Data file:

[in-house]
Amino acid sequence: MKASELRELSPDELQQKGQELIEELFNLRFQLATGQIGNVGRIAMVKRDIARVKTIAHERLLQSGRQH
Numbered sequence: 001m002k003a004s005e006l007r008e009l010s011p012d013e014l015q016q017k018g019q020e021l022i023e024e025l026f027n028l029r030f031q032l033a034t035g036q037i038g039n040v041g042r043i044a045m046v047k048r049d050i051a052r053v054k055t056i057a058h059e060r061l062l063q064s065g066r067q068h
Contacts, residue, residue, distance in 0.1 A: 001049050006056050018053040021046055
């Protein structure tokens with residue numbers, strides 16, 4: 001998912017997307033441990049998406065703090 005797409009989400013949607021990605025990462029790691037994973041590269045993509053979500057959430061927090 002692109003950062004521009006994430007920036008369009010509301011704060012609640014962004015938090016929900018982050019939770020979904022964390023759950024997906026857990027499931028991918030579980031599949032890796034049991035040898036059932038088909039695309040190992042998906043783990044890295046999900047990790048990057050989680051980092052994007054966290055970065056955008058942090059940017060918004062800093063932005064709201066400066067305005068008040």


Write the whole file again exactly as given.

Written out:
[in-house]
Amino acid sequence: MKASELRELSPDELQQKGQELIEELFNLRFQLATGQIGNVGRIAMVKRDIARVKTIAHERLLQSGRQH
Numbered sequence: 001m002k003a004s005e006l007r008e009l010s011p012d013e014l015q016q017k018g019q020e021l022i023e024e025l026f027n028l029r030f031q032l033a034t035g036q037i038g039n040v041g042r043i044a045m046v047k048r049d050i051a052r053v054k055t056i057a058h059e060r061l062l063q064s065g066r067q068h
Contacts, residue, residue, distance in 0.1 A: 001049050006056050018053040021046055
């Protein structure tokens with residue numbers, strides 16, 4: 001998912017997307033441990049998406065703090 005797409009989400013949607021990605025990462029790691037994973041590269045993509053979500057959430061927090 002692109003950062004521009006994430007920036008369009010509301011704060012609640014962004015938090016929900018982050019939770020979904022964390023759950024997906026857990027499931028991918030579980031599949032890796034049991035040898036059932038088909039695309040190992042998906043783990044890295046999900047990790048990057050989680051980092052994007054966290055970065056955008058942090059940017060918004062800093063932005064709201066400066067305005068008040």